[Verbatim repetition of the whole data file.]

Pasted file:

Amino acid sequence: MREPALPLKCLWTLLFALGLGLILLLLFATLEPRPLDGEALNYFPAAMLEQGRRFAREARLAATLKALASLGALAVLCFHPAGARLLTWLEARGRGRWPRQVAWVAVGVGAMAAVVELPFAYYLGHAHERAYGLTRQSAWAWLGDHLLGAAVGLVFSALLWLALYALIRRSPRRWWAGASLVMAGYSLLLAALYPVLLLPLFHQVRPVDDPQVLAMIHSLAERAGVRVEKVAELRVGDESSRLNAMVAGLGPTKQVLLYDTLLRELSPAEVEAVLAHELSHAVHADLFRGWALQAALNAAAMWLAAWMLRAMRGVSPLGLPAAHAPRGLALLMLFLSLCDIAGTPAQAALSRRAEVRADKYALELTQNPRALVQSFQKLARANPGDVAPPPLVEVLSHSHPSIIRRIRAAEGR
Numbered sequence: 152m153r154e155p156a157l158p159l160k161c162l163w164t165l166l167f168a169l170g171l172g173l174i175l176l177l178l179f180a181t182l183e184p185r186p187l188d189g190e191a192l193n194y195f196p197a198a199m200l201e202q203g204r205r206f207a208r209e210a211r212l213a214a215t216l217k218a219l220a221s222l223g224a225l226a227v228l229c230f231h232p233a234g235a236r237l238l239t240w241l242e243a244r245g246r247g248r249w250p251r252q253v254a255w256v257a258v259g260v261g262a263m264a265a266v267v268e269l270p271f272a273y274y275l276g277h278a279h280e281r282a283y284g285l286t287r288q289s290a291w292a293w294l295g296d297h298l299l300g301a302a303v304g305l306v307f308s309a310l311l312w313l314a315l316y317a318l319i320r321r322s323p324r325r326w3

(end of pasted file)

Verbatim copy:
Amino acid sequence: MREPALPLKCLWTLLFALGLGLILLLLFATLEPRPLDGEALNYFPAAMLEQGRRFAREARLAATLKALASLGALAVLCFHPAGARLLTWLEARGRGRWPRQVAWVAVGVGAMAAVVELPFAYYLGHAHERAYGLTRQSAWAWLGDHLLGAAVGLVFSALLWLALYALIRRSPRRWWAGASLVMAGYSLLLAALYPVLLLPLFHQVRPVDDPQVLAMIHSLAERAGVRVEKVAELRVGDESSRLNAMVAGLGPTKQVLLYDTLLRELSPAEVEAVLAHELSHAVHADLFRGWALQAALNAAAMWLAAWMLRAMRGVSPLGLPAAHAPRGLALLMLFLSLCDIAGTPAQAALSRRAEVRADKYALELTQNPRALVQSFQKLARANPGDVAPPPLVEVLSHSHPSIIRRIRAAEGR
Numbered sequence: 152m153r154e155p156a157l158p159l160k161c162l163w164t165l166l167f168a169l170g171l172g173l174i175l176l177l178l179f180a181t182l183e184p185r186p187l188d189g190e191a192l193n194y195f196p197a198a199m200l201e202q203g204r205r206f207a208r209e210a211r212l213a214a215t216l217k218a219l220a221s222l223g224a225l226a227v228l229c230f231h232p233a234g235a236r237l238l239t240w241l242e243a244r245g246r247g248r249w250p251r252q253v254a255w256v257a258v259g260v261g262a263m264a265a266v267v268e269l270p271f272a273y274y275l276g277h278a279h280e281r282a283y284g285l286t287r288q289s290a291w292a293w294l295g296d297h298l299l300g301a302a303v304g305l306v307f308s309a310l311l312w313l314a315l316y317a318l319i320r321r322s323p324r325r326w3